I got excited today after receiving an email from a colleague. She shared a concern about something we will be starting next year. Starting in the fall, we are beginning a new co-teaching model where we are assigning staffing and specifically timetabling co-teaching pairings in all of our schools. We are also going to be offering days when the pairings come together at a divisional level, so we can build relationships, plan, reflect on our students and our practice and engage in responsive instruction through co-teaching. I am very excited about this approach and cannot wait to learn alongside others! However, her concern was why we were engaging in co-teaching when class sizes are increasing. Why not just divide the students in half? What is the advantage to having two teachers with a larger class? That is when I got excited…because I had some thoughts about her question:
1) Co-teaching invites reflection and uses the model of a critical friend to talk about what happened in the moment, so the soundest instructional choices can be made. Two people means the chances of this happening are exponentially greater.
2) Students do not always benefit from fewer students in class – fewer sometimes means fewer perspectives, less flexible grouping. We make far too many assumptions that fewer is always better – it always comes down to instruction. Always. More than any other factor (including class size, student demographic, gender ratio). So, co-teaching builds stronger, more responsive teaching.
3) Two teachers mean greater chances for students to connect with an adult who shares interests, styles, abilities with them. It takes some pressure off trying to be everything to everyone. Teachers can share that role.
4) Anyone who has been involved in a successful co-teaching relationship will tell you that the synergy is a case of the whole being far greater than the parts. True story.
5) “Taking extra time” to plan together and concerns from colleagues about the “extra work” involved in co-teaching makes me think something that may not viewed as fair …but it occurs to me that the work we do is not primarily about US and OUR TIME. It is about meeting student needs. We are a service profession and two people serve better than one. I do not believe life should be filled with unreasonable sacrifices for teachers but I also do not believe that their needs always come first. In this case, more work at the front end means less work during and after because students will be more successful, more engaged, more connected and will need fewer re-dos, fewer re-teachings, fewer study halls…well, you get my point. Effective instruction means less time in the end, even though it initially seems like more.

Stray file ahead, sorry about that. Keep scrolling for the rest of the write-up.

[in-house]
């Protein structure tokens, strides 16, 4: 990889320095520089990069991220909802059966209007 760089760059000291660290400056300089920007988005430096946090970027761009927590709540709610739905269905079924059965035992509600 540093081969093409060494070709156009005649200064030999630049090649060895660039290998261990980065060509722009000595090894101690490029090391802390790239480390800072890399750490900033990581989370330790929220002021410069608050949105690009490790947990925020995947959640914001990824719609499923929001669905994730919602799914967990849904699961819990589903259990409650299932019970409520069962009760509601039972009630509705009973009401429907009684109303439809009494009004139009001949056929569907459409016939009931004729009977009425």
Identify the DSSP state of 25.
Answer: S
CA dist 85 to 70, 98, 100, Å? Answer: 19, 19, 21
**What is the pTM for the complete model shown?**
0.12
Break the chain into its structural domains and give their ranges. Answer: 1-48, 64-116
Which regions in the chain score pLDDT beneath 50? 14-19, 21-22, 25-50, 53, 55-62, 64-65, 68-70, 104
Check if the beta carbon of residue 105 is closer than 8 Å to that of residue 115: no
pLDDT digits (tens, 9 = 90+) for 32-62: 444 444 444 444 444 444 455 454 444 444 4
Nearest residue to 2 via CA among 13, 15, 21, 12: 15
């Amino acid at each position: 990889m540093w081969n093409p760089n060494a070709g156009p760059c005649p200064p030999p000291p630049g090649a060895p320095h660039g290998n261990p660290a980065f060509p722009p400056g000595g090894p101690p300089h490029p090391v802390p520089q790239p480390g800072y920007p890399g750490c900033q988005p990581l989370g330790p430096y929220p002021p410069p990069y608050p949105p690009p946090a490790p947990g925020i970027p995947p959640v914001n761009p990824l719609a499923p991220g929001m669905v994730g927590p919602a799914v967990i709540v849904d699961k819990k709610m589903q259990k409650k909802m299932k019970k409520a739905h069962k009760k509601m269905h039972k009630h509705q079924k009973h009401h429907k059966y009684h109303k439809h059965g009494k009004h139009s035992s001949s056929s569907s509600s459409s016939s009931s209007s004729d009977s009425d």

6) We are still building and learning – building strong planning, building effective instruction, building authentic assessment. When you are building, building together means greater success and the chance to share this success with others. Closing our doors again means we go backward, not forward. We need to keep going forward.
7) Through pre-assessing, two teachers can identify gaps, work to provide support to understand the missed content and introduce the new outcome, seeing success for that student. Having two teachers in the classroom has lowered the pupil-teacher ratio and has very much benefited some of the struggling learners, while benefitting the teachers at the same time.
8) Having two teachers in the classroom allows the opportunity for students who pre-assess as already understanding the intended outcome to show enriched understanding.
9) Having two teachers allows teachers to sometimes work in two locations at times – not only reinforcing the concept taught, but providing a platform for the student to take their fully meeting understanding and apply it to real world situations.
I am sure there are many more reasons but these are the ones I offered off the top of my head. I consider this step part of a journey – we are continuing from where we are right now. I am quite sure we will learn a great deal together. There will be challenges and there will be celebrations. Most importantly, we are trying something new in order to meet the needs of our students. There just isn’t a higher purpose than that.